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City can’t find enough ‘capable’ election workers, wants vote-counting machines

A tabulator-counted election next year will cost about $40,000 more than one counted by real people
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Ronald A. Irwin Civic Centre

After manually counting ballots for the first 133 years of its existence, Sault Ste. Marie is preparing to use vote-counting machines in the 2022 municipal election.

City Council will be asked Monday night to authorize issuing a request for proposals for vote tabulators to be used to count next year's ballots.

"Tabulators are portable machines that scan ballots and record how the ballot is marked," Rachel Tyczinski, city clerk and Madison Zuppa, deputy city clerk, say in a report prepared for Mayor Provenzano and ward councillors.

"Instead of placing the ballot into a box, the ballot is fed into the tabulator. The physical ballots are stored in a secure ballot box. The cumulative total of all votes cast is provided to the clerk at the close of voting," the Tyczinski-Zuppa report states.

The cost of an election counted with tabulators is estimated at $320,000.

That compares to the $245,000 cost of our manually counted 2018 election, and the estimated $280,000 cost of doing it the same way next year.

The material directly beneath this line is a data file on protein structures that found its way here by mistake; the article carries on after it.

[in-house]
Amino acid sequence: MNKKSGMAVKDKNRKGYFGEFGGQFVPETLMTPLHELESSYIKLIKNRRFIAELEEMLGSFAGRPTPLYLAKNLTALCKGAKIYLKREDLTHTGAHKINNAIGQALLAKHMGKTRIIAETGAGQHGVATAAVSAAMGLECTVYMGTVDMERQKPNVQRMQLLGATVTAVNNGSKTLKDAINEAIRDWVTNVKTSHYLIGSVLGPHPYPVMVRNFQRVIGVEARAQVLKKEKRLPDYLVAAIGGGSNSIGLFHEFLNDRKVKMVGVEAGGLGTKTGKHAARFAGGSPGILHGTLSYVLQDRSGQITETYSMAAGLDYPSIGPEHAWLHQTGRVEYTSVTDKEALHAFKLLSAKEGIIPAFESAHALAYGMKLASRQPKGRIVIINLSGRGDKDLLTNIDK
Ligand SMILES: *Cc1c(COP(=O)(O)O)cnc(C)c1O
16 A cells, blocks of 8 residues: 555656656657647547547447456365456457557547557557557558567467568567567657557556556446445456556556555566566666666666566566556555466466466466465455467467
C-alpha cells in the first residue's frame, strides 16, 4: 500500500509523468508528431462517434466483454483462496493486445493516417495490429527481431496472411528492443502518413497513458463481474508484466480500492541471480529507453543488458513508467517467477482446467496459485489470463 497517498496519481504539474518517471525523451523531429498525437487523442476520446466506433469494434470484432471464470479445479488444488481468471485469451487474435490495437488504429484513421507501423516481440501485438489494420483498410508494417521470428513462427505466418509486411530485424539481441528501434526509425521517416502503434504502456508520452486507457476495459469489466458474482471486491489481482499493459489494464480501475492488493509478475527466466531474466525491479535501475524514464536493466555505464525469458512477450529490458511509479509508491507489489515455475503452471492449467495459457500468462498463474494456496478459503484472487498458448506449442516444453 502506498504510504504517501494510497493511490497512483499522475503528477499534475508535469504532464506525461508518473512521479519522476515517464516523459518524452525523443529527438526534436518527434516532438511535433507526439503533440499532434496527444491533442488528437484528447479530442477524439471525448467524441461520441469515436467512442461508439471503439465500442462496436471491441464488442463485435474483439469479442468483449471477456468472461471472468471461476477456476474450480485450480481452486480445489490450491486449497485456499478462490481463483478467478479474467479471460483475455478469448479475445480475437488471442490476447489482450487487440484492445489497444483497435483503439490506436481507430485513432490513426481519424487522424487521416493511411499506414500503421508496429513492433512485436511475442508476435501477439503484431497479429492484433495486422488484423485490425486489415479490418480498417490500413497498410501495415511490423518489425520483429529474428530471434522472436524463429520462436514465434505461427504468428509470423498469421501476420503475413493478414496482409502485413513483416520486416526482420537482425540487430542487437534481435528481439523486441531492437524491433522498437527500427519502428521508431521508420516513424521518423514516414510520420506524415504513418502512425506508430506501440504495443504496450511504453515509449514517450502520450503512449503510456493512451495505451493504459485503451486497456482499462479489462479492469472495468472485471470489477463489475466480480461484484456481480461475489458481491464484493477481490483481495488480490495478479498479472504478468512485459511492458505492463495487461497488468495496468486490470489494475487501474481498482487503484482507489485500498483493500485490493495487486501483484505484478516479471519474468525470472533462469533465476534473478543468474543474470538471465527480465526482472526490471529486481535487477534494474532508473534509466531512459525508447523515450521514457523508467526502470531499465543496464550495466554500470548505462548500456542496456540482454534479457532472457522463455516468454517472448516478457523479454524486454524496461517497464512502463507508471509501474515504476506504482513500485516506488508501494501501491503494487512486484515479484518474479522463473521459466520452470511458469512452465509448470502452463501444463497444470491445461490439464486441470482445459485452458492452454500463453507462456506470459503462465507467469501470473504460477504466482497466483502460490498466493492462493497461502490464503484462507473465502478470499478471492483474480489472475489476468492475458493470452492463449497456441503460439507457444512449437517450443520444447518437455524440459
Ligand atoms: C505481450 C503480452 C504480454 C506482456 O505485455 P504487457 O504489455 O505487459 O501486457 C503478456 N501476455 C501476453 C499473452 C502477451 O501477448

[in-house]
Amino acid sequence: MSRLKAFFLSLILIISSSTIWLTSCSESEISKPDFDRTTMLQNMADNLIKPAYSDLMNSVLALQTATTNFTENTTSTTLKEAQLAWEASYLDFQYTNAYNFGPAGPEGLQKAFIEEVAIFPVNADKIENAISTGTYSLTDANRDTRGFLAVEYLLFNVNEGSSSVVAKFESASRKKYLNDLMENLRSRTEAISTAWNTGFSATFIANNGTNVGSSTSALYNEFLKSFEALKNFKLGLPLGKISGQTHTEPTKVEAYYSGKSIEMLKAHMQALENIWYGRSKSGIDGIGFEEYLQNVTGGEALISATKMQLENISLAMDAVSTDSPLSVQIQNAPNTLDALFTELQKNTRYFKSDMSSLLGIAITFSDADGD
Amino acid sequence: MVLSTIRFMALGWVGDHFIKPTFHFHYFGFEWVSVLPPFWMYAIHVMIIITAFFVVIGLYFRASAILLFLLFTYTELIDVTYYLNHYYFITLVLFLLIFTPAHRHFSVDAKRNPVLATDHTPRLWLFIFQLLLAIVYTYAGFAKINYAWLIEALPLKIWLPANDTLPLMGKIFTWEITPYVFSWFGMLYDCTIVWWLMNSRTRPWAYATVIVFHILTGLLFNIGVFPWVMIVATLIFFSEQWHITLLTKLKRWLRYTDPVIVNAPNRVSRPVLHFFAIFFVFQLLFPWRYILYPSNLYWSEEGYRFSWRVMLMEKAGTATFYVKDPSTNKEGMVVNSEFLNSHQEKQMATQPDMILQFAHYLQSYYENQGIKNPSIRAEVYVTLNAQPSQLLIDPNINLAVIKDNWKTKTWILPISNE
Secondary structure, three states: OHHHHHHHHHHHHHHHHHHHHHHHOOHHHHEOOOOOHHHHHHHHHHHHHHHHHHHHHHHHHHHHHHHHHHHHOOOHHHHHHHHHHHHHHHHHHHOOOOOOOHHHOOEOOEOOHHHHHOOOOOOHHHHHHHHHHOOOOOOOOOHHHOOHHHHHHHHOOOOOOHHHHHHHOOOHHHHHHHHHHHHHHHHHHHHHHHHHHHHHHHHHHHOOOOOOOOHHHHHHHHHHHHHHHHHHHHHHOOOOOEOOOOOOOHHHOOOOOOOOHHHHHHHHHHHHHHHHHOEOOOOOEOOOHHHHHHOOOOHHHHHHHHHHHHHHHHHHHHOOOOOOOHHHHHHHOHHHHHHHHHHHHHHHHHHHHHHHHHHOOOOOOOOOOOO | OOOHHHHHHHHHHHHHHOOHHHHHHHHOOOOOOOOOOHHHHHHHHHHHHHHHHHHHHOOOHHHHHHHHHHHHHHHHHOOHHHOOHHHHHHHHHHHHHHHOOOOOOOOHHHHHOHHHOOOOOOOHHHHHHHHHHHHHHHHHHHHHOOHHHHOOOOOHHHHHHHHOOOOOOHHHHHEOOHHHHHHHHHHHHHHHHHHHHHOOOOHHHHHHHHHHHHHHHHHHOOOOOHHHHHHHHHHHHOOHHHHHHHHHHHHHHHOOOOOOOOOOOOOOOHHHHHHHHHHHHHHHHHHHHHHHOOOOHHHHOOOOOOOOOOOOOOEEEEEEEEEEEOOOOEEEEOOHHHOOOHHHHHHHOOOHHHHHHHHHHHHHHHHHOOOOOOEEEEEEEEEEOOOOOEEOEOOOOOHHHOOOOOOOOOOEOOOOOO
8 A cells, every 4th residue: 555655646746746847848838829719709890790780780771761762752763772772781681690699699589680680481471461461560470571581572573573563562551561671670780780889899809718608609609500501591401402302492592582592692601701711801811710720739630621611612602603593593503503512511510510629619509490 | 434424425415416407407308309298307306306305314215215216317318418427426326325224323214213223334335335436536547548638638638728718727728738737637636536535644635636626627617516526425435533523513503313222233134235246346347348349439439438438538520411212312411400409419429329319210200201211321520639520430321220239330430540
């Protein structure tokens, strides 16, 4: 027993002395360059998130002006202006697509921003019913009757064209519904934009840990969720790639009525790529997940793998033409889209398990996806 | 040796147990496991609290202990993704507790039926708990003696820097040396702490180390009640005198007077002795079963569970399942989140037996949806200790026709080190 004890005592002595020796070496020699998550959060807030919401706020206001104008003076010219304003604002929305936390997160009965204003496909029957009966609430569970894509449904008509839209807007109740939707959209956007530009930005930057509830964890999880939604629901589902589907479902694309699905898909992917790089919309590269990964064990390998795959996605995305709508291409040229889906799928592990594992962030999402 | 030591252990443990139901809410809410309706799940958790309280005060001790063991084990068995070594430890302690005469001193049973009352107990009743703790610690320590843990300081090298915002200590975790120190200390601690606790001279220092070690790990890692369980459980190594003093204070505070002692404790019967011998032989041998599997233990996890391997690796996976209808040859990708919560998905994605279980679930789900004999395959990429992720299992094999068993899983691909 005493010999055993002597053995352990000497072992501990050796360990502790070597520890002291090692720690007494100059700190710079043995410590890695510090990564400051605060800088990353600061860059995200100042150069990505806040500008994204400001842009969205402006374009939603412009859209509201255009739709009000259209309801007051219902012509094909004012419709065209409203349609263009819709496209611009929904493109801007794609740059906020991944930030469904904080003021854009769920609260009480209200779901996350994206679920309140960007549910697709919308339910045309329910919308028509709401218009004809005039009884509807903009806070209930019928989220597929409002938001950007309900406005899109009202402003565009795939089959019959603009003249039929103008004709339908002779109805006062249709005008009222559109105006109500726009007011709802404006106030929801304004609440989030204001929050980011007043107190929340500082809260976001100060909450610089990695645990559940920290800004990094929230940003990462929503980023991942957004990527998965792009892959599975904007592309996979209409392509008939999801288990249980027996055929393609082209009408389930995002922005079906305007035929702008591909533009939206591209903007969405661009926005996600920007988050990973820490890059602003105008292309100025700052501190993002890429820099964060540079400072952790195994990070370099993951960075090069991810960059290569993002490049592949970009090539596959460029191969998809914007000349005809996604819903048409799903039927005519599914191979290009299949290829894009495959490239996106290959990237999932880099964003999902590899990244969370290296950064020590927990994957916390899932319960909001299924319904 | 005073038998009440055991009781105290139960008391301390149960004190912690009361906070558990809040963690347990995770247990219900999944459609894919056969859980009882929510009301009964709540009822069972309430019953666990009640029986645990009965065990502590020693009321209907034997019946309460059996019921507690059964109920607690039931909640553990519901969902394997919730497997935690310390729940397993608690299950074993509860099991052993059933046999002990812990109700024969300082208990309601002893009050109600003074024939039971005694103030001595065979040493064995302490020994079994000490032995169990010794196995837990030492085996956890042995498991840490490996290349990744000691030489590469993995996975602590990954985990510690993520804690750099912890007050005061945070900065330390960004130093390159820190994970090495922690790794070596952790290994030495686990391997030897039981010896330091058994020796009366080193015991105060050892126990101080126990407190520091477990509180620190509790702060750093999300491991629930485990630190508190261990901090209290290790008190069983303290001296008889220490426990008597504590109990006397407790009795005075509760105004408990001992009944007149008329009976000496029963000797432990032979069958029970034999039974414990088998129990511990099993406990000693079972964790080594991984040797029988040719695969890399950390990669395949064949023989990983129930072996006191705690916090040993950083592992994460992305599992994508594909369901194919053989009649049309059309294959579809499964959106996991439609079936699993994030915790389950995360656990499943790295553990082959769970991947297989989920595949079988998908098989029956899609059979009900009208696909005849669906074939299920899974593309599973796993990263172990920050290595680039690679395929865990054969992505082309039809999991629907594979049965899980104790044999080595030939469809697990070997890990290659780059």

"Proxy voting, advance vote days, and the vote-from-home program would continue to be offered. Utilizing vote tabulators would reduce the number of election workers required to count and reconcile ballots. An electronic voters list would improve the efficiency of processing voters at voting locations," say Tyczinski and Zuppa.

"Accessibility modules for tabulators would also be deployed at strategic voting locations."

Of 18 municipalities surveyed with populations in the 50,000-to-100,000 range, Sault Ste. Marie was found to be the only municipality still using paper ballots and a manual count.

In the last election in 2018, the City of Sault Ste. Marie set up 50 voting locations, including 197 voting subdivisions and nine at long-term care homes.

Sixty-six eligible voters took advantage of a vote-from-home program.

"Voting locations are becoming more difficult to secure due to facility closures and accessibility requirements," say Tyczinski and Zuppa.

"It has been a challenge over the past few election cycles to recruit sufficient capable election workers."

"In 2018, the city hired approximately 540 election workers, including an election coordinator, election assistants, deputy returning officers, voting clerks, greeters, and voting day support staff."

Ideas rejected by city staff include:

  • status quo with old-school paper ballots that are manually counted
  • vote-by-mail only
  • voting online only
  • hybrid approach

"Tabulators provide consistency when reading ballots, and identify errors on the ballot, thereby reducing the number of spoiled ballots," Tyczuppa said

"The time required to count ballots is reduced, allowing election results to be reported more quickly. The cost of tabulators would be significantly offset by reduced staffing requirements."

"The COVID-19 pandemic may exacerbate existing challenges in recruiting election workers. Introducing tabulators or remote voting methods would alleviate some of the pressure in recruiting qualified individuals."

Monday's City Council meeting will be livestreamed on SooToday starting at 4:30 p.m.

The next municipal election will take place on Monday, Oct. 24, 2022.